• Zond 7 (1969) – Soviet lunar return mission to test spaceflight operations. Had it been crewed, it would have successfully return the cosmonauts safely.
  • Apollo 12 (1969) – Second NASA crewed landing and safe return. Landed near the Surveyor 3 probe which the astronauts dutifully posed by.
  • Apollo 13 (1970) – NASA attempted crewed landing, but failed due to an oxygen tank exploding. It still performed a circumlunar trajectory and safely return its crew to Earth.
  • Luna 16 (1970) – Soviet sample return mission, the first robotic probe to do so.
  • Zond 8 (1970) – Soviet circumlunar return mission, performing spacecraft testing.
  • Luna 17 (1970) – Soviet lander and rover mission, the first robotic rover on the Moon.
  • Apollo 14 (1971) – NASA crewed landing and safe return. The last of the Apollo H missions that called for two days on the lunar surface.
  • Apollo 15 (1971) – NASA crewed landing and safe return. The first of the the longer-duration Apollo J missions that called for greater emphasis on scientific work. Performed the famous hammer-and-feather Galilean experiment.
  • Luna 19 (1971) – Soviet orbiter that spent more than a year orbiting the moon, performing some 4000 orbits.
  • Luna 20 (1972) – Soviet sample return mission.
  • Apollo 16 (1972) – NASA crewed landing and safe return. The astronauts performed extensive geological training for this mission, in keeping with the emphasis on science of the later Apollo missions.
  • Apollo 17 (1972) – NASA crewed landing and safe return. This was the last time humans set foot on another world as of 2012. Was the first (and last) Apollo mission to have a dedicated scientist as a crewmember.
  • Luna 21 (1973) – Soviet lunar rover mission. Sent back over 80,000 TV images and then accidentally rolled into a crater and was lost.
  • Explorer 49 (1973) – NASA lunar orbiter designed to perform radio astronomy. One of the largest spacecraft ever built. Would be the last US mission to the Moon for two decades.
  • Luna 22 (1974) – Soviet lunar orbiter that contained a variety of scientific instruments.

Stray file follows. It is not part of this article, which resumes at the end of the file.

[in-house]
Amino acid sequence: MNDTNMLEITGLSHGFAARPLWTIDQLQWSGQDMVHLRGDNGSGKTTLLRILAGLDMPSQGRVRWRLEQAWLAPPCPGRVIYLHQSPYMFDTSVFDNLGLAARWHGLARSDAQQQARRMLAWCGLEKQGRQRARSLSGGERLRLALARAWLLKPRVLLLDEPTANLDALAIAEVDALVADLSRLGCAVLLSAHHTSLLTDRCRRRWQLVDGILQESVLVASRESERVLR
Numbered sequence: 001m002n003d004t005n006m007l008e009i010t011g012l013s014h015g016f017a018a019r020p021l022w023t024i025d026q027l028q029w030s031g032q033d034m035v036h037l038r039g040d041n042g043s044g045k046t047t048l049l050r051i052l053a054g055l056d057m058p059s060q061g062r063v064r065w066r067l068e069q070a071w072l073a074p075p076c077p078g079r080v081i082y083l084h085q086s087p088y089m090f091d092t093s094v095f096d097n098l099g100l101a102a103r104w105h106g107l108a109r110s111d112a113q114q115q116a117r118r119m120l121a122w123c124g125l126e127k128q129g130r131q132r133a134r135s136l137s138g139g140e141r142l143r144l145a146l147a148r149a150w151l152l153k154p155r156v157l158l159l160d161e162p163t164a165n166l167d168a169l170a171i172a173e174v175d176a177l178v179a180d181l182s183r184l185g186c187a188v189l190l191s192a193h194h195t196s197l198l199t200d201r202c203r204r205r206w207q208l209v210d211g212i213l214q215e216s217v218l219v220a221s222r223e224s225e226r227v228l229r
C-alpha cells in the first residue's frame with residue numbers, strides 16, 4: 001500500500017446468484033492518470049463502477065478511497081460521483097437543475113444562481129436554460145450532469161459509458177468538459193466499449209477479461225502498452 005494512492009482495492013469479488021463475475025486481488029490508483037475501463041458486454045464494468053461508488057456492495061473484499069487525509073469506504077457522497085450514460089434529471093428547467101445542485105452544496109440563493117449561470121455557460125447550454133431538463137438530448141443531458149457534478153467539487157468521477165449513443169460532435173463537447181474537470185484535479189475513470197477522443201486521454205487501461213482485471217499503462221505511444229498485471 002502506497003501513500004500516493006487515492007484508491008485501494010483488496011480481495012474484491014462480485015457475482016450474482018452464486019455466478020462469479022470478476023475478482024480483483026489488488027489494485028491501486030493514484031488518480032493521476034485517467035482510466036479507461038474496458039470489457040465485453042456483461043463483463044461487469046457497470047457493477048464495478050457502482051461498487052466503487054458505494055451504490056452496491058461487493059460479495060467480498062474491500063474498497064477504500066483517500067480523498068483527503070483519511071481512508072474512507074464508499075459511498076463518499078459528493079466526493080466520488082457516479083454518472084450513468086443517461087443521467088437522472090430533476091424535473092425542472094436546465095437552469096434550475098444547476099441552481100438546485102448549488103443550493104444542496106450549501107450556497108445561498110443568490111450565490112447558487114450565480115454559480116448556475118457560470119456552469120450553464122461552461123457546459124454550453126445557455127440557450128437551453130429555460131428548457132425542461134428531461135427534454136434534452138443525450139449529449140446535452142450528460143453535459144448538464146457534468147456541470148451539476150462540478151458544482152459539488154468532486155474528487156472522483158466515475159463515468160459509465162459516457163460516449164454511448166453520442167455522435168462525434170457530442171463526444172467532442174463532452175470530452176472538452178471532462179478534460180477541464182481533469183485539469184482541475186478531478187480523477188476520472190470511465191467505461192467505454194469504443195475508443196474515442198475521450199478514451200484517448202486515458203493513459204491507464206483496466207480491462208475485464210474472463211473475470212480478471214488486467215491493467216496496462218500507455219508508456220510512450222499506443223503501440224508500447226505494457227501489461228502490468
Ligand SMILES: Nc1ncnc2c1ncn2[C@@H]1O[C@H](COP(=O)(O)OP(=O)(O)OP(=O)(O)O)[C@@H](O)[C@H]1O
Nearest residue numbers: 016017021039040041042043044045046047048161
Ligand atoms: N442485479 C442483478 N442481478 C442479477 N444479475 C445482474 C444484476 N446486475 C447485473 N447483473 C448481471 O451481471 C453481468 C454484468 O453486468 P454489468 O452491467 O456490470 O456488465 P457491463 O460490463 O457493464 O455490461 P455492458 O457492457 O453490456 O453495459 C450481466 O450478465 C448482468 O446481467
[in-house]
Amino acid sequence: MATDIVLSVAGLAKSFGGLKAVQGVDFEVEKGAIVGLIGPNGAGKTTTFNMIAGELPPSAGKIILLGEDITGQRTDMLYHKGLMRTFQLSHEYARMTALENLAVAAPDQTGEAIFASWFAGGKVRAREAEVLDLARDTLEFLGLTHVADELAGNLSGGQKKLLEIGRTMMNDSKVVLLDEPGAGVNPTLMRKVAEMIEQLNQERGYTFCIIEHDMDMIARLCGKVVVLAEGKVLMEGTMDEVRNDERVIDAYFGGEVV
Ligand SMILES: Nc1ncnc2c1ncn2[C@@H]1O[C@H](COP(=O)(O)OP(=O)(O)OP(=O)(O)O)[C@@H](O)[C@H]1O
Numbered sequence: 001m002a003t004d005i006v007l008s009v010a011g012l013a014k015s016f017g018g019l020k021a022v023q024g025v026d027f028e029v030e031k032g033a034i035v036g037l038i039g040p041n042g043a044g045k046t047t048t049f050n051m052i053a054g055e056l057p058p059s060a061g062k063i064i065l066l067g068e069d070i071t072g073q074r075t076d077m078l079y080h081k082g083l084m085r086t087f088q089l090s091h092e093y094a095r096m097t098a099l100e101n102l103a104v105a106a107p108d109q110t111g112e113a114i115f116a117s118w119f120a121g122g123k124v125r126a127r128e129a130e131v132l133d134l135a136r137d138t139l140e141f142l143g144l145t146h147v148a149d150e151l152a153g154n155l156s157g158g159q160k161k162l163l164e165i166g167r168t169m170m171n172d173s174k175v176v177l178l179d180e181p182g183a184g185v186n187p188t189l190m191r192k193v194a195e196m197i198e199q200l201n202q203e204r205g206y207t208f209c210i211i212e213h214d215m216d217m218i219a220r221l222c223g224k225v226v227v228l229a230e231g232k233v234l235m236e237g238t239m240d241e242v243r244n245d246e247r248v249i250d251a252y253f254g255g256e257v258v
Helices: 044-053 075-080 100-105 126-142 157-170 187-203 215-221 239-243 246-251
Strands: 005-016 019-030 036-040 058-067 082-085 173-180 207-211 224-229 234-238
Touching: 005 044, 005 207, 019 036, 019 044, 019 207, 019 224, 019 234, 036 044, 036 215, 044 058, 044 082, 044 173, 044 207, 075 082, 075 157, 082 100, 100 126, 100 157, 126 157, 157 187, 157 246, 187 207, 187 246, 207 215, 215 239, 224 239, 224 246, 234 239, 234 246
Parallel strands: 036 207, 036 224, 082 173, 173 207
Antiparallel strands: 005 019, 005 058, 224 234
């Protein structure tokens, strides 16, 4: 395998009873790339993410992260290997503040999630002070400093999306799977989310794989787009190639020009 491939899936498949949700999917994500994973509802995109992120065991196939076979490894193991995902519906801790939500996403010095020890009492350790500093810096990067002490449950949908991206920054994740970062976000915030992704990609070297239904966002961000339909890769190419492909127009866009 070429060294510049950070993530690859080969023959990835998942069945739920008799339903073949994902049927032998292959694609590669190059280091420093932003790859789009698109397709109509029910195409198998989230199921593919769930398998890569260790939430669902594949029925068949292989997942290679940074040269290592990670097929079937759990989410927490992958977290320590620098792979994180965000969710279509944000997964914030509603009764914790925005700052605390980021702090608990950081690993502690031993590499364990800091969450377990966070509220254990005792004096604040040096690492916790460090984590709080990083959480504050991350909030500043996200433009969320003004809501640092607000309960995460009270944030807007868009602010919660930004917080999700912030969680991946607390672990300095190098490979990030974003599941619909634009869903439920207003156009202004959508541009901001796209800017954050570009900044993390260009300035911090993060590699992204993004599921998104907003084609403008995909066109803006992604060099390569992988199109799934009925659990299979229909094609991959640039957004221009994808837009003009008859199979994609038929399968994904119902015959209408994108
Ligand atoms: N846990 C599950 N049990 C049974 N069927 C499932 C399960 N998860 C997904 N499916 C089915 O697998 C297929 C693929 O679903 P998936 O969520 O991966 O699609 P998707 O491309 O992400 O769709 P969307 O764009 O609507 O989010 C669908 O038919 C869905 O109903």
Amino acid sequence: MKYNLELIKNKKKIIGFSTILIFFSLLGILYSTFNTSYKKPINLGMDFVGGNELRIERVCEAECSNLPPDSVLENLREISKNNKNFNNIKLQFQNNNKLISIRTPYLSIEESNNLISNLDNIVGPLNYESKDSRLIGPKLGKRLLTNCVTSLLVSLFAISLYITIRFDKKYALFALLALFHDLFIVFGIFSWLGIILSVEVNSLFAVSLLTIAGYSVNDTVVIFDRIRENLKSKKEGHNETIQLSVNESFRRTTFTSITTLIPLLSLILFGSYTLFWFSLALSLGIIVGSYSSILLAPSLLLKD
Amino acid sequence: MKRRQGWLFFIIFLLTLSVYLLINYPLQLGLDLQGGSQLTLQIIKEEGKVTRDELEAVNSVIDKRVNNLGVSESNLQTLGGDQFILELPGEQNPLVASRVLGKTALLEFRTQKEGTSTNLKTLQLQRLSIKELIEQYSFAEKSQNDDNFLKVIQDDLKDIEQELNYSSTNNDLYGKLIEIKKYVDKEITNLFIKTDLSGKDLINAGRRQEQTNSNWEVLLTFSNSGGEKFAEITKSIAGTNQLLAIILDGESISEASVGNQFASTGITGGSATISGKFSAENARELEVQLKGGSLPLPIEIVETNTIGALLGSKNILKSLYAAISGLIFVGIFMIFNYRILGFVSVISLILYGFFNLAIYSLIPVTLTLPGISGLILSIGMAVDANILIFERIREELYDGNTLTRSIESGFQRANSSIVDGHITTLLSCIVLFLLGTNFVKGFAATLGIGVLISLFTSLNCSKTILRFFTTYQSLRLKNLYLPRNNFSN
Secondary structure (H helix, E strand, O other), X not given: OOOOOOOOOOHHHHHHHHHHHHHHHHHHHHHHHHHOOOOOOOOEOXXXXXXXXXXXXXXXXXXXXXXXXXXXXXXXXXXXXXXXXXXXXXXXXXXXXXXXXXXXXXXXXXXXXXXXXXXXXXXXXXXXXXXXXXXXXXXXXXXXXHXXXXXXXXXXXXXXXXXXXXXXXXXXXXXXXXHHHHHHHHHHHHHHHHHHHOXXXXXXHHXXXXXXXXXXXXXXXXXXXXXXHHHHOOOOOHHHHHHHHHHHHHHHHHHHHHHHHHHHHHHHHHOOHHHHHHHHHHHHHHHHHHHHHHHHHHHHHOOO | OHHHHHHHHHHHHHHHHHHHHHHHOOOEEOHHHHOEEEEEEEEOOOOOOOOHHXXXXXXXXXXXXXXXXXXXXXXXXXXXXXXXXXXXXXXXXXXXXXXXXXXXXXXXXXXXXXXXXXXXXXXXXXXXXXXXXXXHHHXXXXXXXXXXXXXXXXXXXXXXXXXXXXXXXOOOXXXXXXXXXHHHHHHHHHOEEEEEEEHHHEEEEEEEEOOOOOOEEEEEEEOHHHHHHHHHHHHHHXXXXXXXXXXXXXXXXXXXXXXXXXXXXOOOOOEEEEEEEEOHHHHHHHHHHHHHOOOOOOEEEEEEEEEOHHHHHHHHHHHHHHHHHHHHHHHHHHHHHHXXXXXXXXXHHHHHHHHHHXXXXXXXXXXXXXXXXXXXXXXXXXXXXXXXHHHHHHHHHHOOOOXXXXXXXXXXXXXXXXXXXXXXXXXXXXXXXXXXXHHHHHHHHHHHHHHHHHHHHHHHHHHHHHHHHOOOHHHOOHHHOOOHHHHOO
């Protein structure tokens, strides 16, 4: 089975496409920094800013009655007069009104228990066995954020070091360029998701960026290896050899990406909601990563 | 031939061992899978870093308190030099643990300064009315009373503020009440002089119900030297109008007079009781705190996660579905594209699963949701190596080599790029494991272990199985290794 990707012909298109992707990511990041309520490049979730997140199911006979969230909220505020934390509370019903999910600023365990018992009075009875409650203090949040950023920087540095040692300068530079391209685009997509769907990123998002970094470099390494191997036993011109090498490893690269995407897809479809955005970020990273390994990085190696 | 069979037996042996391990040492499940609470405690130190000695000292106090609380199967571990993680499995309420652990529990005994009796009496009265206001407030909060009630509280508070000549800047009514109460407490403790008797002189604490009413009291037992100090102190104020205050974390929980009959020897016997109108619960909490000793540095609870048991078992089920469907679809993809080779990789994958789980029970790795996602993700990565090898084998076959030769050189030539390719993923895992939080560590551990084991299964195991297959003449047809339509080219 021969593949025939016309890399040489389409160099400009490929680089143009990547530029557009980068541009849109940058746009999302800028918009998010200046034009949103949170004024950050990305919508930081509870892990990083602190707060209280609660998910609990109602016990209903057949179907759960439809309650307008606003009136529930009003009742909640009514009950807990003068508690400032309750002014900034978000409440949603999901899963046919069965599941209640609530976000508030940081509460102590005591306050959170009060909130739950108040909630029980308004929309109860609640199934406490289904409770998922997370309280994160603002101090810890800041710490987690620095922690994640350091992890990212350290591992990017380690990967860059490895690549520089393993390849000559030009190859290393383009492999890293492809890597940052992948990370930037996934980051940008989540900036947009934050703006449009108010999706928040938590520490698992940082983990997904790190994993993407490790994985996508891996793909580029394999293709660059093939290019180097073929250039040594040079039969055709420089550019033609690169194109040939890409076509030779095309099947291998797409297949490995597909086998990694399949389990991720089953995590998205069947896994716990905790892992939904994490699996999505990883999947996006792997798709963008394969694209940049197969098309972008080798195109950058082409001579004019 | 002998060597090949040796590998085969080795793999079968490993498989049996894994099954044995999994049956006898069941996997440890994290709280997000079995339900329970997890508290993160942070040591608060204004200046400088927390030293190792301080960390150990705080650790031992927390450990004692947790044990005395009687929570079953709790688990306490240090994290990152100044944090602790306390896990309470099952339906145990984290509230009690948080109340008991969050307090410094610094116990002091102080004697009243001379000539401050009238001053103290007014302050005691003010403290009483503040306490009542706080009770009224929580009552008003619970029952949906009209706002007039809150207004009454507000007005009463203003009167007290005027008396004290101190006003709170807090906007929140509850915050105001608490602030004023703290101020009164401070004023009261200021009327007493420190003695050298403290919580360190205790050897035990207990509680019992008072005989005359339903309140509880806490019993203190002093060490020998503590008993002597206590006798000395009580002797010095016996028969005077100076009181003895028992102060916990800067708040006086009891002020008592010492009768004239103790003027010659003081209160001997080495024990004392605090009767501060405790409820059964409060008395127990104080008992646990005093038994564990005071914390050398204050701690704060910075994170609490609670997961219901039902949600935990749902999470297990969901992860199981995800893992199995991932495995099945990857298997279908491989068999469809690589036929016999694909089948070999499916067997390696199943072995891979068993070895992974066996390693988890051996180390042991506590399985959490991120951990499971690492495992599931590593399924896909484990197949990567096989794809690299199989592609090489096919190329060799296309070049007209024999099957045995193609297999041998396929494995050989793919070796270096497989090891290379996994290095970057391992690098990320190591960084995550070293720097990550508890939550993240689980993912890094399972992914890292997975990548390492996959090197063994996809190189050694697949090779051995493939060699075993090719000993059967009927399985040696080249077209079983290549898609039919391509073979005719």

• Luna 23 (1974) – Soviet lander that was intended to be a sample return mission but a malfunction prevented it from achieving its objectives. Limited scientific tests were still performed.
  • Luna 24 (1976) – Soviet lander and sample return mission that landed near Luna 23 and successfully completed its objective. It was the last Soviet lunar mission.
  • Hiten (1990) – More than a decade had passed with a lunar mission, until the Japanese ISAS organization launched its first lunar orbiter. As for instruments, it only carried a dust counter.
  • Clementine (1994) – NASA lunar orbiter that performed a variety of scientific studies including mapping the lunar surface with a high-resolution camera and LIDAR.
  • AsiaSat 3 (1997) – A commercial satellite that was rescued from an unstable geosynchronous orbit by performing lunar flybys, becoming effectively the first commercial lunar mission.
  • Lunar Prospector (1998) – NASA lunar orbiter that contained a variety of scientific instruments, allowing for a detailed study of the Moon’s surface composition.
  • SMART-1 (2003) – ESA lunar orbiter, part of a program to design and build small, cheap spacecraft. The second great wave of lunar missions was beginning.
  • SELENE (2007) – Japanese ISAS (now JAXA) lunar orbiter mission that carried 13 scientific instruments. The detailed topography data was made available to Google to construct Google Moon.
  • Chang’e 1 (2007) – The first Chinese probe (operated by CNSA), both an orbiter and an impactor that carried 24 scientific instruments.
  • Chandrayaan-1 (2008) – The first India probe (operated by ISRO), a lunar orbiter and impactor mission. Carried 11 scientific instruments. Discovered large subsurface caves on the Moon.
  • Lunar Reconnaissance Orbiter (2009) – NASA orbiter carrying six instruments. The LRO’s high-resolution camera allowed photographs of the Apollo mission landing sites to be made clearly visible, for example: Apollo 11. Ongoing.
  • LCROSS (2009) – NASA robotic impactor built with the intention of being a low-cost way of determining the nature of polar hydrogen on the Moon. Successfully detected water in polar craters.
  • Chang’e 2 (2010) – CNSA lunar orbiter, similar to the Chang’e 1 mission but took a closer orbit allowing for higher resolution data to be obtained. Designed to assess potential landing sites for a robotic lander. Ongoing.
  • GRAIL (2011) – NASA orbiter, the Gravity Recover and Interior Laboratory consists of two small spacecraft that, in concert, are planned to map out the gravitational field of the Moon to determine its internal structure. Ongoing.
  • LADEE (2013?) – Planned NASA orbiter with the intention of studying the lunar atmosphere and nearby dust.
  • Chang’e 3 (2013?) – Planned CNSA lunar lander and rover.
  • Chandrayaan-2 (2014?) – Planned ISRO lunar mission composed of an orbiter, lander, and rover.
  • Luna-Glob (2014?) – Planned Russian (RFSA) lunar program, composed of a series of missions.
  • International Lunar Network (2014?) – Planned international series of missions to begin the middle of the decade to built a network of nodes on the lunar surface.
  • Astrobiotic Technology Lander (2014?) – Planned privately-held commercial lander mission, using the SpaceX Falcon 9 rocket.